Are Cubs eliminated from playoff contention?
BY GORDON WITTENMYER email@example.com July 5, 2011 11:14PM
103 and counting?
No team in major-league history has made it to the playoffs from more than 16 games below .500. Those who have made it from the furthest under:
G under .500 Final W-L (margin)
1914 Boston Braves 16 (12-28) 94-59 (101/2 over Giants, NL)
2005 Houston Astros 15 (16-31) 89-73 (1 over Phillies, NL wild card)
1974 Pittsburgh Pirates 14 (18-32) 88-74 (11/2 over Cardinals, NL East)
2011 Cubs 17 (35-52) 65-97 (at current pace)
Source: Elias Sports Bureau
Updated: October 27, 2011 12:31AM
WASHINGTON — Now that the Cubs have been mathematically eliminated from playoff contention, maybe they can use the last
21/2 months of the season to relax a little, tighten a few problem areas, take the time to get healthy and audition a few more prospects for next season.
What? You say they’re not eliminated? Then do the math.
According to the Elias Sports Bureau, no team ever has come from more than 16 games below .500 to reach the postseason. The Boston Braves were 12-28 after 40 games before rallying to make the playoffs in 1914.
The Cubs? Despite a strong pitching performance from veteran Ramon Ortiz in his debut with the team, they dropped to a season-worst 17 games below .500 (35-52) with a 3-2 loss Tuesday to the Washington Nationals.
‘‘Given the circumstances, everybody’s as upbeat and positive as they can be,’’ infielder Jeff Baker said. ‘‘It stinks. . . . It’s not for lack of effort or lack of preparation. We’re not executing, and we’re getting out-executed.’’
And it’s painful math on top of bad math these days, with the Cubs suffering their third back injury in six days when spasms forced Baker to leave in the third inning.
Baker, who was playing second base, wrenched his back when he slipped while trying to start a double play in the first — he wound up with a throwing error instead — then tried to play through it until batting in the third. He said it’s similar to something he experienced last season and expects to miss no more than two days.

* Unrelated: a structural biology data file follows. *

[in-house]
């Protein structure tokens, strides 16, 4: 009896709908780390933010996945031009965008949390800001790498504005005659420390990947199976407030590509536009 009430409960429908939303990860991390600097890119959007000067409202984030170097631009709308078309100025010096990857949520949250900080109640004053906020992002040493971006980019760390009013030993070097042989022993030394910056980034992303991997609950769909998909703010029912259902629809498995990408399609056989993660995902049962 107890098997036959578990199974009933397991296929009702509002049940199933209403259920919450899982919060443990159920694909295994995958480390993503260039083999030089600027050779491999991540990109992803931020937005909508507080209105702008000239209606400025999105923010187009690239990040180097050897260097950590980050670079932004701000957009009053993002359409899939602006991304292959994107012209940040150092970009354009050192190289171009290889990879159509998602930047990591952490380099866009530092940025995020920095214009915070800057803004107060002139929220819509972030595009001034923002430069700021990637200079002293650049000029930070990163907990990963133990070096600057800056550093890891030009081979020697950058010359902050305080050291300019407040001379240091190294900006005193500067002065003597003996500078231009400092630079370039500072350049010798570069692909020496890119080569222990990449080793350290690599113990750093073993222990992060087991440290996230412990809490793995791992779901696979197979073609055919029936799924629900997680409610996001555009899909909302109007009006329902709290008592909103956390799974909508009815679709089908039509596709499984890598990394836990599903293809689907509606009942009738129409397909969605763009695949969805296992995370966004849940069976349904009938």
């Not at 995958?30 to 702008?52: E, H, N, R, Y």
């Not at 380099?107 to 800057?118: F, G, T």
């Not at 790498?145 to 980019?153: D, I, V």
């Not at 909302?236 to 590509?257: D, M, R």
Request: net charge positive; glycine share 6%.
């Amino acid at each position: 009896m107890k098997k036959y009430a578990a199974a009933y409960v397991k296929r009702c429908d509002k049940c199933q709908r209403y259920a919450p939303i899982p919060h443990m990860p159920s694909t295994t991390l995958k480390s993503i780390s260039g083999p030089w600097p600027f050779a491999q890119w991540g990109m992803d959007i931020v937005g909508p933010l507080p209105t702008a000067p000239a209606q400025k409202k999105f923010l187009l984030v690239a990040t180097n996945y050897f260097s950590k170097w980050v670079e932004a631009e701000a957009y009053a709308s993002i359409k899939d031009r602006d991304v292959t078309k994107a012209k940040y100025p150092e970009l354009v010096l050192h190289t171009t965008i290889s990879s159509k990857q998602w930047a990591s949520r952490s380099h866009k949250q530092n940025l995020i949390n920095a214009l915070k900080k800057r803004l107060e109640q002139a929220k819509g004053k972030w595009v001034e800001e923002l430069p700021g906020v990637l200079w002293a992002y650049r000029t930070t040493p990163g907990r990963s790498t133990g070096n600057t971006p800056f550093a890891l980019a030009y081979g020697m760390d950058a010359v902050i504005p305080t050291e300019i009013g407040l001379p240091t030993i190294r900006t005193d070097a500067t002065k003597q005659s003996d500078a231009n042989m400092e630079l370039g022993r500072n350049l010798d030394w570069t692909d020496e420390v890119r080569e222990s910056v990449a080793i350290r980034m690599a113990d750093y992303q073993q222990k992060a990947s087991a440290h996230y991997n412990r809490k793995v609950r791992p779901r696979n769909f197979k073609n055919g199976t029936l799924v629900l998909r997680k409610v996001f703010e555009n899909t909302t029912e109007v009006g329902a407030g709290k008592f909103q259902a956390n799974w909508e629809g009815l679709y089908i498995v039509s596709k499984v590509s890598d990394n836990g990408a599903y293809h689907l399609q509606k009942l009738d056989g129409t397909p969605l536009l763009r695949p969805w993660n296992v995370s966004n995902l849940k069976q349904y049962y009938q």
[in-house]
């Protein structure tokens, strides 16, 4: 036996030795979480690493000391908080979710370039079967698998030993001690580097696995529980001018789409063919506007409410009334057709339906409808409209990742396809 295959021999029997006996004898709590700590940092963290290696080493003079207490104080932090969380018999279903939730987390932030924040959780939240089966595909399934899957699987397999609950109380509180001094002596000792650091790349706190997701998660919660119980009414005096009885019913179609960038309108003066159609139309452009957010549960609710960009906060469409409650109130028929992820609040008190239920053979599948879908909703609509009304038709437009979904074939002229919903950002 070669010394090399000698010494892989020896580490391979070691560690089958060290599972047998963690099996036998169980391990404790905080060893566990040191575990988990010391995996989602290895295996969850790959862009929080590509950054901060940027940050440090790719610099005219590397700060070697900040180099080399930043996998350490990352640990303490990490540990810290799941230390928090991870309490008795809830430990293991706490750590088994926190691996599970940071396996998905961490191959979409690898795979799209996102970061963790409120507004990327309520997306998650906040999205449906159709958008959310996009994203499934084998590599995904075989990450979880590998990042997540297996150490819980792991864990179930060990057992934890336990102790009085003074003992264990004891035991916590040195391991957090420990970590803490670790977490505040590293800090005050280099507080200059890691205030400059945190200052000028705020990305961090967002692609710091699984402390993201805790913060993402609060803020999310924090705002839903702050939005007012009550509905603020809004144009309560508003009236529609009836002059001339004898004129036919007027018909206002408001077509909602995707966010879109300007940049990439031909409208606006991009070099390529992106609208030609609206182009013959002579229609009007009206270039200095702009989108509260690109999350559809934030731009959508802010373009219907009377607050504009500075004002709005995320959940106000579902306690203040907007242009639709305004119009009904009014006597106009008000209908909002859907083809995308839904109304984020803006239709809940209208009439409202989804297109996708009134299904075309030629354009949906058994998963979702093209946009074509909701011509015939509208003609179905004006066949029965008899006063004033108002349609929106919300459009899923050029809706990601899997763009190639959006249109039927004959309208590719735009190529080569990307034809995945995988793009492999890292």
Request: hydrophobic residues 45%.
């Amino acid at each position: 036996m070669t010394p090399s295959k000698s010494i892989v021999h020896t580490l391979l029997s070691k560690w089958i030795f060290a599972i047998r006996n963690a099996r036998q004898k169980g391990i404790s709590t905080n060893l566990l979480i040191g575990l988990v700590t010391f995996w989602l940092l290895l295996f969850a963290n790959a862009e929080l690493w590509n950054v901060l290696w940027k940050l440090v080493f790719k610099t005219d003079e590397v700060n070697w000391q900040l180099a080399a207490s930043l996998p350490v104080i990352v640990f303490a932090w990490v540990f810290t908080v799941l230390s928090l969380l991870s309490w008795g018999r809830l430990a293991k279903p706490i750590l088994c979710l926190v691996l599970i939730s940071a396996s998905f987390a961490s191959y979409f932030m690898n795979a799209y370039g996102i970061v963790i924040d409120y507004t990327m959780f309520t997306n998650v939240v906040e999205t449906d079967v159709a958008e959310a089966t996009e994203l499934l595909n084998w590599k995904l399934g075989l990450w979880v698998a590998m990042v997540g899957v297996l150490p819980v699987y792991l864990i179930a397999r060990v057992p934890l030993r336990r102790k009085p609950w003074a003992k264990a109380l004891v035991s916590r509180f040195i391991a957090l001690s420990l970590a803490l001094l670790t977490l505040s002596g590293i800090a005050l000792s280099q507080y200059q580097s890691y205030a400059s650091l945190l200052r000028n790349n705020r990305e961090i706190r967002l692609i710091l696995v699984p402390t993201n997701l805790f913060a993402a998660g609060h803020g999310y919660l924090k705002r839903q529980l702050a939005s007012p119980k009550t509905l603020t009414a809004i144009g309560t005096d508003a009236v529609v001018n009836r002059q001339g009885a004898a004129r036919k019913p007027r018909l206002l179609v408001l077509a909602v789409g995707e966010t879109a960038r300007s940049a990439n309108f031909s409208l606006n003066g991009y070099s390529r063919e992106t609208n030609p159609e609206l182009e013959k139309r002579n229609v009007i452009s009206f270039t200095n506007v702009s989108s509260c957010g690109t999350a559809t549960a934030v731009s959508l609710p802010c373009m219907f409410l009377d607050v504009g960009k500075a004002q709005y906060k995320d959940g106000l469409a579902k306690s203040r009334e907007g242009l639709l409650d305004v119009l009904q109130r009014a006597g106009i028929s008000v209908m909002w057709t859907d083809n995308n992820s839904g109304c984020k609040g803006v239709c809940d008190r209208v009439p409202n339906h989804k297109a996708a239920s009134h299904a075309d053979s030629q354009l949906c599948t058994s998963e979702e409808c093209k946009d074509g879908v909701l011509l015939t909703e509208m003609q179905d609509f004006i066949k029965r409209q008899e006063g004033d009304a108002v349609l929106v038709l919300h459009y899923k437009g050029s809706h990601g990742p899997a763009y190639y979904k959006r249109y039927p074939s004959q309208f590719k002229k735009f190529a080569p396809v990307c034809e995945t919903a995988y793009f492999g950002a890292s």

Meanwhile, the Cubs have 75 games to try to rewrite the story line for this season — or at least pen a better ending.
‘‘You can’t look at the big picture or anything like that,’’ Baker said. ‘‘We’ve just got to look at trying to win series. And without throwing around all the clichés, all we really can do is keep preparing and working.
‘‘With the talent in the room, we still think we can play better. I mean, we know we can play better. It’s just frustrating that it’s not coming out.’’
Right-hander Ryan Dempster, who was scratched from his start Monday with pain in his back and abdomen, said he remains optimistic he will be able to start Saturday in Pittsburgh and avoid the disabled list.
‘‘I don’t know yet,’’ he said, ‘‘but I feel a lot better today.’’
If he can’t go, the Cubs would put Dempster on the DL and recall right-hander Casey Coleman, who was sent back to Class AAA Iowa after filling in for Dempster on Monday.
Shortstop Starlin Castro, who’s in a 5-for-38 slump, got his first day off since June 8. Manager Mike Quade said he plans to give second baseman Darwin Barney, who played short in place of Castro, the day off today and might look to give first baseman Carlos Pena a day off later in the week.
◆ The Cubs recalled reliever Chris Carpenter from Iowa and put reliever Marcos Mateo (elbow) on the DL.